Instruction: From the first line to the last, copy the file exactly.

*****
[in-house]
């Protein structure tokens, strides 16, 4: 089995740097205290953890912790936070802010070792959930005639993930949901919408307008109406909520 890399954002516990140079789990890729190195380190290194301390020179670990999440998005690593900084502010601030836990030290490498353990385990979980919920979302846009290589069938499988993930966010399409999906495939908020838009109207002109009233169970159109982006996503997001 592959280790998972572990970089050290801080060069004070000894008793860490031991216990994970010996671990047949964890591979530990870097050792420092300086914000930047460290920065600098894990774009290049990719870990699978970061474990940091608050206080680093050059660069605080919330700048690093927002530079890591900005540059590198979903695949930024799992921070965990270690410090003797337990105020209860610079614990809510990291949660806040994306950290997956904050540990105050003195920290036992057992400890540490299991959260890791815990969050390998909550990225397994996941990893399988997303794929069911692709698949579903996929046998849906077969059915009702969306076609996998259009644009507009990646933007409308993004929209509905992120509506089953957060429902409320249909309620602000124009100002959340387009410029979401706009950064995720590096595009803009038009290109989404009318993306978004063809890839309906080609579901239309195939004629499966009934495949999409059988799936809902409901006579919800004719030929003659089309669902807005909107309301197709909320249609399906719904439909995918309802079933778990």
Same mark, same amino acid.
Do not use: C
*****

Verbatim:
[in-house]
């Protein structure tokens, strides 16, 4: 089995740097205290953890912790936070802010070792959930005639993930949901919408307008109406909520 890399954002516990140079789990890729190195380190290194301390020179670990999440998005690593900084502010601030836990030290490498353990385990979980919920979302846009290589069938499988993930966010399409999906495939908020838009109207002109009233169970159109982006996503997001 592959280790998972572990970089050290801080060069004070000894008793860490031991216990994970010996671990047949964890591979530990870097050792420092300086914000930047460290920065600098894990774009290049990719870990699978970061474990940091608050206080680093050059660069605080919330700048690093927002530079890591900005540059590198979903695949930024799992921070965990270690410090003797337990105020209860610079614990809510990291949660806040994306950290997956904050540990105050003195920290036992057992400890540490299991959260890791815990969050390998909550990225397994996941990893399988997303794929069911692709698949579903996929046998849906077969059915009702969306076609996998259009644009507009990646933007409308993004929209509905992120509506089953957060429902409320249909309620602000124009100002959340387009410029979401706009950064995720590096595009803009038009290109989404009318993306978004063809890839309906080609579901239309195939004629499966009934495949999409059988799936809902409901006579919800004719030929003659089309669902807005909107309301197709909320249609399906719904439909995918309802079933778990």
Same mark, same amino acid.
Do not use: C